While productive, so much of this is simply awkward and seems super counterintuitive. Meh, such is horse training… I just own it.

One of the hardest transitions to nail in this method is from trot to walk. So often we all want to sit the trot, close our leg and seat and then ask for a walk through the reins. Riding enough off-trackers has taught me that as soon as you shift your balance and sit (even if you are a pro at staying upright), the weight change on their back causes them to pull down, hollow, or go faster… So this is where the ‘time’ comes in. I allow as long as necessary for a quiet transition. Like, if it needs to take 30 seconds to get there, great. Two minutes, fine. Whatever they need, they get. So as I trot along, tighten my core, and close my leg to ask for a down transition to walk, I keep lightly posting until they walk, starting with a hind foot.

Ellie (Lady Allyn) stretching in her walk during her first ride back to work here at Kivu. Photo by Alanah Giltmier.

If they brace their jaw and lean forward, I put leg back on and we return to trot. It does not take long when transitioning them through a slow, balanced trot for them to learn to sit and step from their hind end into the walk. But importantly, I will keep awkwardly posting until they are literally walking. Over time, this time consuming process fades out as they gain their balance, strength, and learn half halts. But for the first many rides, and for any horse who rushes, pulls down, or gets heavy in transitions, slowly posting them up or down into the new gait is shockingly effective.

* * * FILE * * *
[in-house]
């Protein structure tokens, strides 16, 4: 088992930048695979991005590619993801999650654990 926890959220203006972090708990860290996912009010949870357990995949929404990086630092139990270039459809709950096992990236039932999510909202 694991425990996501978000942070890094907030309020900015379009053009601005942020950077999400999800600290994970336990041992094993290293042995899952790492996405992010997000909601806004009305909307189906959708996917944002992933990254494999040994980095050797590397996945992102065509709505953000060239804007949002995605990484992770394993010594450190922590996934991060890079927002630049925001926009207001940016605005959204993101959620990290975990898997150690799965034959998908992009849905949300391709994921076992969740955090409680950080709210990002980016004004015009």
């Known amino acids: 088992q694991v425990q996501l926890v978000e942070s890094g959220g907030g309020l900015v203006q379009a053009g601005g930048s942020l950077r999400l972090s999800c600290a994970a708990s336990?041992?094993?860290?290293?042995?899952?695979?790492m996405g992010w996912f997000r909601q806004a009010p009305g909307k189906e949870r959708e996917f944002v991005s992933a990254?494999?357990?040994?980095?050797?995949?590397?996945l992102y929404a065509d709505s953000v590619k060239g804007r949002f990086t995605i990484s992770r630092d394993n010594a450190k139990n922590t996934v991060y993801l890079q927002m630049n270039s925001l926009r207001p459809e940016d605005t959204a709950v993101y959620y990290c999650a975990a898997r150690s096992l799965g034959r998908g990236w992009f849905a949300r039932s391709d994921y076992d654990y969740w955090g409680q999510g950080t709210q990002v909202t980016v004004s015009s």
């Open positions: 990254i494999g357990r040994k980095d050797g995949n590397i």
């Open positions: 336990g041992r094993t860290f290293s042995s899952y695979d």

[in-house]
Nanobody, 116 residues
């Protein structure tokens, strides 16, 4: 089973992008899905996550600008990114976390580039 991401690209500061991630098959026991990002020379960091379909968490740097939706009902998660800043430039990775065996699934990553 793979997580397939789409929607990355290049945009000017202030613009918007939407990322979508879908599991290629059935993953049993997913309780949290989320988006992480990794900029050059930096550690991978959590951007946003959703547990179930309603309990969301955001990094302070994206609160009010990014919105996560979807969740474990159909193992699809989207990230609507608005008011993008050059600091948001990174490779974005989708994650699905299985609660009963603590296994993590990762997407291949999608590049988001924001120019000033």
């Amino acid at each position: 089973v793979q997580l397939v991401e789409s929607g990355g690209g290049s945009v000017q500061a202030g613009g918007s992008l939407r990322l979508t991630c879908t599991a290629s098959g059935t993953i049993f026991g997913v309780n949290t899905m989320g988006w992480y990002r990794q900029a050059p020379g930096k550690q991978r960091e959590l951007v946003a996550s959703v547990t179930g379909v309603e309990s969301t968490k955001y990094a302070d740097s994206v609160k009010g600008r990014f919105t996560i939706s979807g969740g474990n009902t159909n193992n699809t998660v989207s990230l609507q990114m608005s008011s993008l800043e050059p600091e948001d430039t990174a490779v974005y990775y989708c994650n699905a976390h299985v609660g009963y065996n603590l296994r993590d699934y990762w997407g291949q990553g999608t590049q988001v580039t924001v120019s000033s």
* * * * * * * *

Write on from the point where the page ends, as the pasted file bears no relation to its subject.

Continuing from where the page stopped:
Ok, thus concludes my “why I love posting” post. And for more nerd-tastic information on why we call it “posting,” check out this sweet article Horse Network put out a while back here. So go hop on and enjoy the post and what is hopefully some form of Spring warmth and sunshine.